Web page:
If someone has a head injury, they should be under regular observation for 24 hours. This means that another adult should stay with them to check their symptoms.
If you're looking after a family member, friend or a person you care for, make sure they can:
- tell you their name
- tell you where they are
- tell you who you are
- move all their limbs normally
Symptoms after a mild head injury
Common symptoms after a head injury are:
- feeling dizzy
- feeling tired
- feeling irritable
- poor concentration and memory
It is important to see a GP if these symptoms are severe or last more than 2 weeks.
Most people's symptoms get better within 6 weeks.
Go straight to A&E if the person with the head injury:
- is drowsy (sleepy) or confused
- finds it difficult to understand what is happening, speak, read or write
- is being sick (vomiting)
- has a persistent (long-lasting) or severe headache
- cannot see well (vision problems)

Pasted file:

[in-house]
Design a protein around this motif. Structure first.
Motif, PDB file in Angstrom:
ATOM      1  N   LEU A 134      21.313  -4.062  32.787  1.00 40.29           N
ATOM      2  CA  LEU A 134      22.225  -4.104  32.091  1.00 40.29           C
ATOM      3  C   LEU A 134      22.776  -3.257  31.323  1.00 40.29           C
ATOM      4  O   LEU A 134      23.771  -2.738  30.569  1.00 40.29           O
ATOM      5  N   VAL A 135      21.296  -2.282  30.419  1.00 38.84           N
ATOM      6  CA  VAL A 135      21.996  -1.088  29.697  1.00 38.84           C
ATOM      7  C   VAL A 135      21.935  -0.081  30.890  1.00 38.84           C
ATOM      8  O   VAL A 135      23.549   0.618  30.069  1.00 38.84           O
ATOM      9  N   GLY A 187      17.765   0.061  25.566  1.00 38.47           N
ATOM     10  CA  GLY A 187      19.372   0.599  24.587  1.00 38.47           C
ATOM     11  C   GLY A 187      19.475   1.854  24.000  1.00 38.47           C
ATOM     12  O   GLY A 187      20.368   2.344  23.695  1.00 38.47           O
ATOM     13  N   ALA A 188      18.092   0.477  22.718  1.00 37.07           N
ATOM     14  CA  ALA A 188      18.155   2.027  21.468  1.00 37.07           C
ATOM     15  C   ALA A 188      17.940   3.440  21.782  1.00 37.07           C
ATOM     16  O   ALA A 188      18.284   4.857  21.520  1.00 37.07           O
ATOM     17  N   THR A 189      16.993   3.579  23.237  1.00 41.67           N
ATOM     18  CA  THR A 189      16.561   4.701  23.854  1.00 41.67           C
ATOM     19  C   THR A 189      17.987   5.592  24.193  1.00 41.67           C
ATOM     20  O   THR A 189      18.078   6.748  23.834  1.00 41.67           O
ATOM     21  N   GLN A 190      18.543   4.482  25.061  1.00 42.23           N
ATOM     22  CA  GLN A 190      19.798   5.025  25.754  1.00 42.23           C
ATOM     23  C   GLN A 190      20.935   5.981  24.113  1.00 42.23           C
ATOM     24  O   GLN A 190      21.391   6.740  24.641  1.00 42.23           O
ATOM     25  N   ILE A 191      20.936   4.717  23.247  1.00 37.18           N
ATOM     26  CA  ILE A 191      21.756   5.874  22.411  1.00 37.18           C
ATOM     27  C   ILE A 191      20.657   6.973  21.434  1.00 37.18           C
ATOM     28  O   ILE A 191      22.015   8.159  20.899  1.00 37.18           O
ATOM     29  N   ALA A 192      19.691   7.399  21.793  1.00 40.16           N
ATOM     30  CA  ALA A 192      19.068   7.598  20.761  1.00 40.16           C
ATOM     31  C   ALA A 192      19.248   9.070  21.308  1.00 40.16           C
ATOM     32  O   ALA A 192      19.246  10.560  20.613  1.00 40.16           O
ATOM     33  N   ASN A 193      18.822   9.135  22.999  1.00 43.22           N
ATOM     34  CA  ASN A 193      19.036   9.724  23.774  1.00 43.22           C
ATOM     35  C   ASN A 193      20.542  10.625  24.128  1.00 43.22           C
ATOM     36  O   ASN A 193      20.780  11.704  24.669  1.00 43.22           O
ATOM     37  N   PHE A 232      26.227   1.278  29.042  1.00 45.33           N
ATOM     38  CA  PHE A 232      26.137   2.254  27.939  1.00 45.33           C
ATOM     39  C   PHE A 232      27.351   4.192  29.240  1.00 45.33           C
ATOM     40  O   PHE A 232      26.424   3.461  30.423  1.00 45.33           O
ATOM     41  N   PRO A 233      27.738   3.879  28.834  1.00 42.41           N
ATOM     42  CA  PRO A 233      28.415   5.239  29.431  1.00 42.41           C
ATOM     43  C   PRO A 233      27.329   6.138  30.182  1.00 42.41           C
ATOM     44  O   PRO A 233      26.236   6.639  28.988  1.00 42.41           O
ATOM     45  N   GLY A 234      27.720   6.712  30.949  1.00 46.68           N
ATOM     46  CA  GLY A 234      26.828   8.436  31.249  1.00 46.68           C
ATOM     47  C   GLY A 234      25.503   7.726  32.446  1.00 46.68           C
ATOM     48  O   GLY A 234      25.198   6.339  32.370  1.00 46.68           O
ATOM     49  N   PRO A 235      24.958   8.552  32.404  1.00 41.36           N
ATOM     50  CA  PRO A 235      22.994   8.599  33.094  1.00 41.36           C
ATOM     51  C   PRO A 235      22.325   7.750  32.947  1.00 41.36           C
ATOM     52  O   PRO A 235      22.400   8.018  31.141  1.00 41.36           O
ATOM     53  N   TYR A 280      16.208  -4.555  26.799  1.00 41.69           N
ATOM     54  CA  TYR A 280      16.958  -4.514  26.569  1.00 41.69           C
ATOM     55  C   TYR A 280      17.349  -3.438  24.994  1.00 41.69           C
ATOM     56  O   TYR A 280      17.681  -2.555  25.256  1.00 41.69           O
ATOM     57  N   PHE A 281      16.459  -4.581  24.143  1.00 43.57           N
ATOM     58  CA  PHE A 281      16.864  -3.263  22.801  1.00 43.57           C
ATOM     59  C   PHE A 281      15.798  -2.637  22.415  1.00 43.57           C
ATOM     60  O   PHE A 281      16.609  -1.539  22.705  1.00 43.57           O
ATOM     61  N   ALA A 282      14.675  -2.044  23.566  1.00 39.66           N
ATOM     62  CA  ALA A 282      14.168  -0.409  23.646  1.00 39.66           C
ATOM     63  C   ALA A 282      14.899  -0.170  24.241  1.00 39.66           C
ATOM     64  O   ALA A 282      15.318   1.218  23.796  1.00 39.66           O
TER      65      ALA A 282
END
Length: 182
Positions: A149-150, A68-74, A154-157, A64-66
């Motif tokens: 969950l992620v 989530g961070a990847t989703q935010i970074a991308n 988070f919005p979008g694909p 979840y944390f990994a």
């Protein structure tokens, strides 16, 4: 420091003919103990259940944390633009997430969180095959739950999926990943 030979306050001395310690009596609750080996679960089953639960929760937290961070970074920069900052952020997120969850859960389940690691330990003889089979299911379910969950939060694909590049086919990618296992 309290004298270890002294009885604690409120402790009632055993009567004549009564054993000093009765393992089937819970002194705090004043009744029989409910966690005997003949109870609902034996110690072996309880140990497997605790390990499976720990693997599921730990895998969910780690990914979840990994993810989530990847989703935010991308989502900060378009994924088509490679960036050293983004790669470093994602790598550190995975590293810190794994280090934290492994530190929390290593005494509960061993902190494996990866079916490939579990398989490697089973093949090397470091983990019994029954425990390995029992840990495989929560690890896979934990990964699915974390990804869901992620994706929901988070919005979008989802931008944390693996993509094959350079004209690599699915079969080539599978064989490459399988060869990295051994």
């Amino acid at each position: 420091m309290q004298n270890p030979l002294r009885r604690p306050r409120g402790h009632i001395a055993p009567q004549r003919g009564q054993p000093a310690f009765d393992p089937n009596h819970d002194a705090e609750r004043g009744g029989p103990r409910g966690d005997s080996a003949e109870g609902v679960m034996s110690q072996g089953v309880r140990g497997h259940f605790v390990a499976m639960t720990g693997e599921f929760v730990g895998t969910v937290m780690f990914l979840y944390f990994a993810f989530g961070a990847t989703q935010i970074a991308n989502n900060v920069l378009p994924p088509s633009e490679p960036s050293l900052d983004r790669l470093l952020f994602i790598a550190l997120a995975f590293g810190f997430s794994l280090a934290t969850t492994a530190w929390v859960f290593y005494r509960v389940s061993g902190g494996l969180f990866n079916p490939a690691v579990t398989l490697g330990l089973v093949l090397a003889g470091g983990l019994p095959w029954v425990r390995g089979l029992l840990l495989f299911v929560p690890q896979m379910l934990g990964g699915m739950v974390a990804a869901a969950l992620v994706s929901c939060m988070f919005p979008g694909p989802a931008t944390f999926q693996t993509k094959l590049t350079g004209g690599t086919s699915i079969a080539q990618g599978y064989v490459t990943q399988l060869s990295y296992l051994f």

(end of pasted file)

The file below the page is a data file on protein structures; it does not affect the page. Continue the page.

- has weak arms or legs, or cannot feel them
- has fits, convulsions (shaking movements that they cannot control) or a blackout
- has blood or fluid coming from their ears or nose
Recovering after your head injury
It is important to have lots of rest and take simple painkillers (such as paracetamol) if you need them.
Check that the painkillers do not react with any other medicines you take and follow the instructions on the packet.
- make sure you have plenty of rest and sleep
- take painkillers, such as paracetamol and ibuprofen (if you are allowed), for your headache
- go back to work gradually as you start to get better
- do not drink any alcohol for the first 48 hours
- do not operate machinery or drive a car, motorbike or bicycle until your concentration is back to normal
- do not use computers or watch television for more than 30 minutes at a time because this can make your symptoms worse